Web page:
Japanese PM has to contend with coalition partner, voters and neighbouring countries
Controversial reforms to Japan's pacifist Constitution, which Prime Minister Shinzo Abe shied away from discussing in the lead-up to Sunday's Upper House election, are back on the agenda now that his coalition and its allies have won a two- thirds "supermajority".
Mr Abe was cautious in his remarks on Sunday, speaking of the need for "widespread consultation" both within and outside politics in determining the clauses to amend.
"The constitutional review committee of the Diet will discuss the matter and boil down which articles should be revised and how," he said of the charter that has not been modified since it was enacted in 1947.
Yesterday, he said: "To realise the revision of the Constitution is my duty as Liberal Democratic Party (LDP) president. But it is not that easy, so I hope debate will deepen steadily."
After Sunday's election, which saw a voter turnout of 54.7 per cent, Mr Abe's LDP and coalition partner Komeito hold 146 of the 242 seats in the Upper House.
Also in the pro-revision camp are Initiatives from Osaka (12 seats) and Party for Japanese Kokoro (three seats), as well as four independent lawmakers.
This means Mr Abe's coalition and its allies have 165 seats, exceeding the 162-seat threshold.
The LDP-Komeito coalition holds a two-thirds majority in the more powerful Lower House.
To revise the Constitution, Mr Abe also needs to win a simple majority in a national referendum.
But the Prime Minister appears to have his work cut out - some LDP lawmakers are reportedly against drastic reforms, while the Komeito has said it is open to adding clauses but was cautious about widespread changes to the pacifist Article 9.
Media exit polls on Sunday also showed a split in public opinion.
Japanese wire agency Jiji Press showed 29.6 per cent in favour, 36 per cent against and 34.4 per cent undecided, while public broadcaster NHK showed a third in favour and another third against. Meanwhile, a poll run by the left-leaning Asahi Shimbun showed 49 per cent in favour and 44 per cent against.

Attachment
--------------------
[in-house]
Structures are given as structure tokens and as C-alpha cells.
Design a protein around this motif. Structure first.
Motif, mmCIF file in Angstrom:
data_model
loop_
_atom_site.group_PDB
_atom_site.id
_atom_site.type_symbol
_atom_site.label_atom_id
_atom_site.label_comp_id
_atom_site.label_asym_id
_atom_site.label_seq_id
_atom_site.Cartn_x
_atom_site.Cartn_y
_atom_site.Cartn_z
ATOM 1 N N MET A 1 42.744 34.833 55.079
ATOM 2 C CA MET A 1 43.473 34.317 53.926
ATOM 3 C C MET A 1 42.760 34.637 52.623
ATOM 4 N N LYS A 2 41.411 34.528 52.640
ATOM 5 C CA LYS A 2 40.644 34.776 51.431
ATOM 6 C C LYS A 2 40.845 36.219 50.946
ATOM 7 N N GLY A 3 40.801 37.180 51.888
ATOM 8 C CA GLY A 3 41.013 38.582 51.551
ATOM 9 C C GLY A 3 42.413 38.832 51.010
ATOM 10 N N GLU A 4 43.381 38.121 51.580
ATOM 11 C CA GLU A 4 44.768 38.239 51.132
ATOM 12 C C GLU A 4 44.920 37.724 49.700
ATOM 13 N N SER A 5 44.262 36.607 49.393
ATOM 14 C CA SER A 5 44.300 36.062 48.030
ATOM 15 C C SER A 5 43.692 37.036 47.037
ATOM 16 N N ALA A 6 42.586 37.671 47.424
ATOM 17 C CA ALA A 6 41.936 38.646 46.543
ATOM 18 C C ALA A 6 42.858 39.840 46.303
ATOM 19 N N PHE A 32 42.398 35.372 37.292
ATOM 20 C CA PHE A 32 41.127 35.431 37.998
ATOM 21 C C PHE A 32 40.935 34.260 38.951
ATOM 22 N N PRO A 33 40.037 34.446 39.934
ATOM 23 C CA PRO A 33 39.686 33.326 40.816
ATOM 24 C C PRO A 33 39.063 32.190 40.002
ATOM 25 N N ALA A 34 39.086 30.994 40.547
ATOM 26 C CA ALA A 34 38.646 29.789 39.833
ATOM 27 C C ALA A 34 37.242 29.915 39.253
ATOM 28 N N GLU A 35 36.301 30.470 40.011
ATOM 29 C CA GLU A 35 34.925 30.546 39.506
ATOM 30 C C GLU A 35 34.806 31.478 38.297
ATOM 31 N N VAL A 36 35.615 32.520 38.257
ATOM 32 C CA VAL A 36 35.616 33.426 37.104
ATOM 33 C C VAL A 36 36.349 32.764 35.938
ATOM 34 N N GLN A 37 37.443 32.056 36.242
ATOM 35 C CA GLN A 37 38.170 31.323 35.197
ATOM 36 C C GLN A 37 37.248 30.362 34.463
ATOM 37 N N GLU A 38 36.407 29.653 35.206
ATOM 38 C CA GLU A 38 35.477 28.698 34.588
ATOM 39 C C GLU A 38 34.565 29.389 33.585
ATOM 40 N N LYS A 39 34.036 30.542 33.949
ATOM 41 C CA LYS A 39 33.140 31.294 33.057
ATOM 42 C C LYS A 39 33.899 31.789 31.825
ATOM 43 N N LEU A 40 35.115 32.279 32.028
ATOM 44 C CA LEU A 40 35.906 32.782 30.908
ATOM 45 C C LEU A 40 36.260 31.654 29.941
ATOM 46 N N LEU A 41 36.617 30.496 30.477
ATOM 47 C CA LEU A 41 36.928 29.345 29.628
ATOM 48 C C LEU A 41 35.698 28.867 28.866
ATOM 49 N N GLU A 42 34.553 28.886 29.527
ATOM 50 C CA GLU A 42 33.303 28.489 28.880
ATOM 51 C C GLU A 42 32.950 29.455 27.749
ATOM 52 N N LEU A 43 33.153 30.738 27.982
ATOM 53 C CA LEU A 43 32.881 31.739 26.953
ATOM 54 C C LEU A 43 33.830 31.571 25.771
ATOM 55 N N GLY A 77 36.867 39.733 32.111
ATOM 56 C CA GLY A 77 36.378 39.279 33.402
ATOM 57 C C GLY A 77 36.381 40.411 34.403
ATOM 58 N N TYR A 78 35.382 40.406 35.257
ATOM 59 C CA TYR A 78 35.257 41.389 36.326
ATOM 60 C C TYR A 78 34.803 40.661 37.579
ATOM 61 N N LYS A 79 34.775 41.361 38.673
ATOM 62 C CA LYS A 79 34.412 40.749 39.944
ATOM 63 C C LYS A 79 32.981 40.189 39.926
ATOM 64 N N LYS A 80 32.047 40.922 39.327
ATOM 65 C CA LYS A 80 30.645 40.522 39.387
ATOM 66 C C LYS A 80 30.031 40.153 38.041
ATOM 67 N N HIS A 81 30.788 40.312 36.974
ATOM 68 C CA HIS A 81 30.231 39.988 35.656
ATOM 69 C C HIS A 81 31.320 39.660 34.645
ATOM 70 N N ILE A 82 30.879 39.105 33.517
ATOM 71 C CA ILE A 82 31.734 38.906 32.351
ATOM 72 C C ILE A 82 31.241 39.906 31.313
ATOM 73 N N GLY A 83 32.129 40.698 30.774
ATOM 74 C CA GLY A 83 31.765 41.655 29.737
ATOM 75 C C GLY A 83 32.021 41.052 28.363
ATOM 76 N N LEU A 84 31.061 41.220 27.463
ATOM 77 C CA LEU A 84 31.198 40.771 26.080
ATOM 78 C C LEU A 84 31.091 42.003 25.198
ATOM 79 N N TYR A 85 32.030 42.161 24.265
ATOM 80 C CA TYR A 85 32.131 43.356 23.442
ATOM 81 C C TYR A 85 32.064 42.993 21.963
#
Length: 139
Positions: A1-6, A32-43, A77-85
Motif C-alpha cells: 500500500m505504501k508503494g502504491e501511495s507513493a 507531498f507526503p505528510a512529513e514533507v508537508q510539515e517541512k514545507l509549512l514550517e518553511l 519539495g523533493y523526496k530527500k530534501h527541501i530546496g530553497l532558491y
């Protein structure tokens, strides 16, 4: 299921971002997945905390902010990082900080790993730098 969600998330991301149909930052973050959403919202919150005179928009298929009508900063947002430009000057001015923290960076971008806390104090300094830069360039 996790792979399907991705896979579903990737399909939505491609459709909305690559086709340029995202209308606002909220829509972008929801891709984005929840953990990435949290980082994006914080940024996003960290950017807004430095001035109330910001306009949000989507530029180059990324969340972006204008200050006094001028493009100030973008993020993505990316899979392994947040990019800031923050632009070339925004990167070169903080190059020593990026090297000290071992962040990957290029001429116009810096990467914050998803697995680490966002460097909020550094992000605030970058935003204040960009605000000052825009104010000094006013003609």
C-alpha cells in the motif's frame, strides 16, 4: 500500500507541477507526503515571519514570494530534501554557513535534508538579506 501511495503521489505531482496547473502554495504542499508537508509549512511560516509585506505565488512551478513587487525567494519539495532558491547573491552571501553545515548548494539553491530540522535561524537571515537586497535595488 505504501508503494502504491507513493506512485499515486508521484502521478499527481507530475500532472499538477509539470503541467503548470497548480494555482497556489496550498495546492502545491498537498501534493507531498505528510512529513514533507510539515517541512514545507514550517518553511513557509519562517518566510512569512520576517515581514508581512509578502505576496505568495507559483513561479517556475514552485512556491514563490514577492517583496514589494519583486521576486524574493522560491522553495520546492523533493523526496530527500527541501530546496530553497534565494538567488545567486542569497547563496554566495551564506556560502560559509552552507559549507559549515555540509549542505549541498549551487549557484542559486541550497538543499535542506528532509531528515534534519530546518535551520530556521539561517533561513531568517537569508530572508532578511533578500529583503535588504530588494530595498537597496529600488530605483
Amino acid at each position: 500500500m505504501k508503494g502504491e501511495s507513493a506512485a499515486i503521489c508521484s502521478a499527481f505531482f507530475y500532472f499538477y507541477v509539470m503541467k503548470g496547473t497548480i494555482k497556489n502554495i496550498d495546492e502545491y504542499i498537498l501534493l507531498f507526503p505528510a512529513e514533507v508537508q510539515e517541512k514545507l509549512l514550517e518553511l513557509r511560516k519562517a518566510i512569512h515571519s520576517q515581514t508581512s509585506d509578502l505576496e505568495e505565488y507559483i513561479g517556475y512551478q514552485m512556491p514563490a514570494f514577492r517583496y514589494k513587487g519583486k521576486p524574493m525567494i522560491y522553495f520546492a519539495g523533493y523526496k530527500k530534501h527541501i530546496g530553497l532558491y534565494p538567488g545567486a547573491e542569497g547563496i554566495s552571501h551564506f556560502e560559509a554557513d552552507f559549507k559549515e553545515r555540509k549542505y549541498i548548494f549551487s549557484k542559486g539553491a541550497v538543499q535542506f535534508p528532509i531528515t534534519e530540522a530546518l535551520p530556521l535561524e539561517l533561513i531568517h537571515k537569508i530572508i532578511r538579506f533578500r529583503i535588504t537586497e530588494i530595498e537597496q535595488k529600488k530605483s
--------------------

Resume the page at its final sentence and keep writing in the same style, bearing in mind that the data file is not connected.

Past governments, short of amending the Constitution, have reinterpreted Article 9 to allow a self-defence military.
Mr Abe used this last year to allow the military to go to the aid of friendly nations under attack.
There are also expectations that he will establish an "emergency situations clause" to allow a state of emergency to be imposed in such events as a natural disaster.
Kobe University's Professor Tosh Minohara told The Straits Times that given the mixed public opinion, any constitutional change is likely to be "very cautious and measured".
"Pushing it forward will be very, very difficult.
"I think Mr Abe wants to step on the gas but Komeito will be the brakes," he said.
He noted that any attempt to revise the Constitution will upset Japan's neighbours amid a heated geopolitical environment, but said that threats from Beijing and Pyongyang may inadvertently give him "political capital".
"Mr Abe might be supported by regional events in Asia in making the necessary sales pitch to the people of Japan, who are going to be very defensive," he said.
Political observers and financial market players have also said that the Prime Minister's primary focus should be on fixing the flagging economy - which was his election promise.
He has been quick off the mark on this front, ordering a new stimulus package yesterday that is widely expected to be worth at least 10 trillion yen (S$132 billion).
LDP rules dictate that Mr Abe cannot be re-elected for a third term as party chief after his term ends in 2018.
But speculation is swirling that he may push through a special resolution to stay in power longer than that, if he requires more time to see through his plan.
East Asia specialist Lim Tai Wei of Singapore's SIM University said the strong mandate may "enable Mr Abe to muster the influence to be a powerful and influential party elder after his term ends".
"It may also allow Mr Abe to continue in an extraordinary third term as LDP president for longevity in policies that include constitutional reform and the 2020 Olympics in Tokyo," said Professor Lim, who also teaches summer courses at Japan's Waseda University.
We have been experiencing some problems with subscriber log-ins and apologise for the inconvenience caused. Until we resolve the issues, subscribers need not log in to access ST Digital articles. But a log-in is still required for our PDFs.